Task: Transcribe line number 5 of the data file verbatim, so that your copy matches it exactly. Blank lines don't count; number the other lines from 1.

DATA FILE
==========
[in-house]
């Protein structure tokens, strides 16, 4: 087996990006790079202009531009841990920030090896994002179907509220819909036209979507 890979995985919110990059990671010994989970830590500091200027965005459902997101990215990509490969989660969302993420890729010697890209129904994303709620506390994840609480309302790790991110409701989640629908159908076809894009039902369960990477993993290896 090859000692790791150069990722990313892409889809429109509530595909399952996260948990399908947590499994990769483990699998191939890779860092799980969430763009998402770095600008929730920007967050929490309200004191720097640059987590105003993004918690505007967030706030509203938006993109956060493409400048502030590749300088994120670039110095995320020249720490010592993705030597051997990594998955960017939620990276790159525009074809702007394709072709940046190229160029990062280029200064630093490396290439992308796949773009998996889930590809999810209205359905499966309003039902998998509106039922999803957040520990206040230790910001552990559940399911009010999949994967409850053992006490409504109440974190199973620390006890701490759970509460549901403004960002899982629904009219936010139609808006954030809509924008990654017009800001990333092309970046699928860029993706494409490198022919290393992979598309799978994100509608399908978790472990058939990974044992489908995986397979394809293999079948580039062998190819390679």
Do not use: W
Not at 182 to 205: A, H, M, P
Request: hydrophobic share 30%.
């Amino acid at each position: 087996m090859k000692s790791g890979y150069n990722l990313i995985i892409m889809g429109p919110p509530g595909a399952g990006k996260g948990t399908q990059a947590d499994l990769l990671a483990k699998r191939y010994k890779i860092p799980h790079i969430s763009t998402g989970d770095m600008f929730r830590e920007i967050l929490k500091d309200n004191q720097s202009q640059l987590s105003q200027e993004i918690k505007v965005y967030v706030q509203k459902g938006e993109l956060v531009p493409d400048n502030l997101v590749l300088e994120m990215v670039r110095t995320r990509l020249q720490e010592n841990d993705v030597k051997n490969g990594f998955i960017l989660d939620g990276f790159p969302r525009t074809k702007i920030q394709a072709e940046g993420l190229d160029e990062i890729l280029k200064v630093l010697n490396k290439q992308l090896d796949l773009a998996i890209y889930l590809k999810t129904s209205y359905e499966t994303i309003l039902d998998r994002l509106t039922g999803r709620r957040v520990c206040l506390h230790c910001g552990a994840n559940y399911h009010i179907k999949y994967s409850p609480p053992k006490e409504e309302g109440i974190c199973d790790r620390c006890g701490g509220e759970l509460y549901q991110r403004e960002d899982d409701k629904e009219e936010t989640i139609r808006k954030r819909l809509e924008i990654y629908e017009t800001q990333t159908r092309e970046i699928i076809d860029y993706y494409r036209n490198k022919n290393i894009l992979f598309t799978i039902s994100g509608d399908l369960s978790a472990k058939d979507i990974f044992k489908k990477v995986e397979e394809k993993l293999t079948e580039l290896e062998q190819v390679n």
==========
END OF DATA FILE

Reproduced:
Request: hydrophobic share 30%.